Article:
Students should use caution while traveling

By Victoria Snell

Spring break is a time for fun and relaxation. However, sometimes the fun overshadows important precautions that, if ignored, can put a damper on a vacation. The U.S. Department of the State advises travelers to enroll in their Smart Traveler Enrollment Program, which allows individuals to stay updated on safety conditions and travel alerts. In order to further avoid possible bumps in the road, consider the advice of experienced sources before taking a spring break vacation:


Tim Davis, president of Suzi Davis Travel, a travel agency with several locations including Champaign and Bloomington, Illinois, offices, stressed the importance of preparing for the visit ahead of time.

“The Internet is a wonderful thing; (students) can review their resort online, get kind of an idea of what the restaurants are, what the pools are, and they can read a little bit about their destination and things like that,” he said.

Additionally, the U.S. Department of State advised in a media release from 2014 that it is important for tourists to research the destination prior to arriving.

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“Here, you can find out about entry requirements, crime, health precautions and road conditions,” according to the release. The department also advised individuals to pay attention to local laws and to “remember they might be different from our own. Don’t carry or use drugs, as this can result in severe penalties.”

Have updated documentation

While planning a spring break vacation, another aspect to consider is proper documentation.

“You have to make sure (to) check documentation – they have to have a passport, and it needs to be valid,” Davis said. “Sometimes if (students) got one maybe before they were 18, it might have expired and they might still need to have one.”

Take necessary medications/shots

While Annie Stasaitis, sophomore in Business, said she is an experienced traveler, her parents are urging her to take precautions to avoid getting sick while on a College of Business spring break study abroad trip in India .

“My dad was definitely the one who pushed (me to get) the malaria pills,” she said.

Stasaitis said she has heard stories of students coming back from breaks with illnesses such as scarlet fever. As an additional measure, Stasaitis also received preventative shots during her winter break.

Stay within resort areas

Davis noted that a common misconception about unfamiliar places are that they are unsafe. However, Davis said that the resort areas are generally secure.

“The resort areas of Mexico are very, very safe, and again, a little common sense goes a long way in ensuring that everyone is safe and having a good time,” he said.

During a previous spring break trip, Stasaitis said she was warned not to drink water that was not already in a bottle or at the resort. She also said she has noticed unsafe roads outside the resort on a previous trip.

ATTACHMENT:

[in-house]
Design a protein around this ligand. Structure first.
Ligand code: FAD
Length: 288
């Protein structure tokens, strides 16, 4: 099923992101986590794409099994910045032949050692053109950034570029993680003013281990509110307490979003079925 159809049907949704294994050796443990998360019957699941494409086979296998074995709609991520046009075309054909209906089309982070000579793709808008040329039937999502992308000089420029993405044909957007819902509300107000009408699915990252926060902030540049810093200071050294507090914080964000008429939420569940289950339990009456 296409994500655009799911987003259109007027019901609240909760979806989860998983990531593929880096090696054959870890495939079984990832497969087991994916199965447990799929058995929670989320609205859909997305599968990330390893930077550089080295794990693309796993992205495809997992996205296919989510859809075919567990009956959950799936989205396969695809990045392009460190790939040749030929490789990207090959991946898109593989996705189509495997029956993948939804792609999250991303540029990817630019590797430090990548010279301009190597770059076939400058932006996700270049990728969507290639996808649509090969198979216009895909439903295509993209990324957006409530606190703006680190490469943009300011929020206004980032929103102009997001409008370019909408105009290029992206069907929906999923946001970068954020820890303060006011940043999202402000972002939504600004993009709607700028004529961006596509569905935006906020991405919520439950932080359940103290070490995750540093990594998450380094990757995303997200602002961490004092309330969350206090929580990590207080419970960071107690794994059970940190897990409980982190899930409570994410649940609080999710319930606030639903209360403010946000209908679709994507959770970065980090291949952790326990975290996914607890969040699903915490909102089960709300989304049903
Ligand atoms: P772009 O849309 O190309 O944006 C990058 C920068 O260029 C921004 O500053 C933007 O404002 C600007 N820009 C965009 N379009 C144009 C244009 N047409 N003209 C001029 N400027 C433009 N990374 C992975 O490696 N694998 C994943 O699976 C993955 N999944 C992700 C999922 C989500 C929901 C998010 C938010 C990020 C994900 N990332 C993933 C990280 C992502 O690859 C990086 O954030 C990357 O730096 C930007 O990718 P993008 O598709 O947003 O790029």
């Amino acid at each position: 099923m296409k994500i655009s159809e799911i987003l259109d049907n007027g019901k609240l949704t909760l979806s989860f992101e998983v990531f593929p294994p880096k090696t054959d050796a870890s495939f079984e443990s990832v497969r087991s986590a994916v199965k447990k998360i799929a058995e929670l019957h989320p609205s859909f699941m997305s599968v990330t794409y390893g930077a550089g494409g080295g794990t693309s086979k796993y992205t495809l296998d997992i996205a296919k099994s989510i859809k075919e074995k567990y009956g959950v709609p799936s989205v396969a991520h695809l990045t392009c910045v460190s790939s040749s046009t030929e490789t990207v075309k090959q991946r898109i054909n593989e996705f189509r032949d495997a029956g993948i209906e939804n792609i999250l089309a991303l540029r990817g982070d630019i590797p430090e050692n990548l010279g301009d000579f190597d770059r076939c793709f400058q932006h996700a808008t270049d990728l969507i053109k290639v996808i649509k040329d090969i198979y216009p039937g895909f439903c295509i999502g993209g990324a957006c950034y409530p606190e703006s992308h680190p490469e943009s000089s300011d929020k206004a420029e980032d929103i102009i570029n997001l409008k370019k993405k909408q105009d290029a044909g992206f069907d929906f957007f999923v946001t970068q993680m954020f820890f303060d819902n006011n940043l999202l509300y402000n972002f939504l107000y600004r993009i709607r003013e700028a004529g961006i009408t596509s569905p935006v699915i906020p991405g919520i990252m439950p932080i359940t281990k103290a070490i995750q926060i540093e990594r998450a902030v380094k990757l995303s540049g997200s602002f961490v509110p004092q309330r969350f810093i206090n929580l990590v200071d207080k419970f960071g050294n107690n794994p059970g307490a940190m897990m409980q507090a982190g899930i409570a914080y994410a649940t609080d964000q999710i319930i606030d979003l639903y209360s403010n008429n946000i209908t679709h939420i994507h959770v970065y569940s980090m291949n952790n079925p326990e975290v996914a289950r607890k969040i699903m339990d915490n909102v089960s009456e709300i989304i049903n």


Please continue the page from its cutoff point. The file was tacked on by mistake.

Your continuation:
Do not go overboard

Upon arriving at the destination, be sure to take a minute to take care of any preliminary actions before going straight to the fun. Davis explained that students initially rush to the party before taking the time to do things like applying sunblock.

“You need to make sure that the first few days while you’re down there that you keep the sunblock on — nothing ruins a vacation much faster than getting burnt to a crisp on your first day,” he said.

Going overboard extends to alcohol consumption as well. The Department reminded that, “‘Overdoing it’ can lead to an arrest, accident, violent crime or death.”

Keep in touch

While students may be busy having fun, The Department stressed the importance of keeping parents in the loop, even if access to services will not be available.

“If you will be without Internet or phone service for a few days, let them know,” the release states. Stasaitis said it is also important to give someone an itinerary of plans in case something happens to go wrong during the trip. Another valuable precaution, Davis explained, is the infamous “buddy system.”

“Travel with other people, too, that’s always smart — you never go out at night by yourself. Man or woman, you know, you’ve got to have the buddy system,” he said. “Never let (people) go off by themselves — again, common sense things, but things that are sometimes lost in the atmosphere and the environment of spring break.”

While Davis said he believes that travel advisers have a local knowledge of spring break locations, he also said that doing research on the Internet is helpful. However, Davis stressed that when surfing the Internet it can give out too much or incorrect information.

Stasaitis also advises students to look on the University’s study abroad website for any other concerns that may come up while planning a trip.

She also added one last thing to consider when it comes to traveling over spring break:

“Don’t be afraid to study abroad or go out of the country and experience new things, but definitely be aware of surroundings and what you’re getting yourself into,” she said.

Victoria can be reached at [email protected].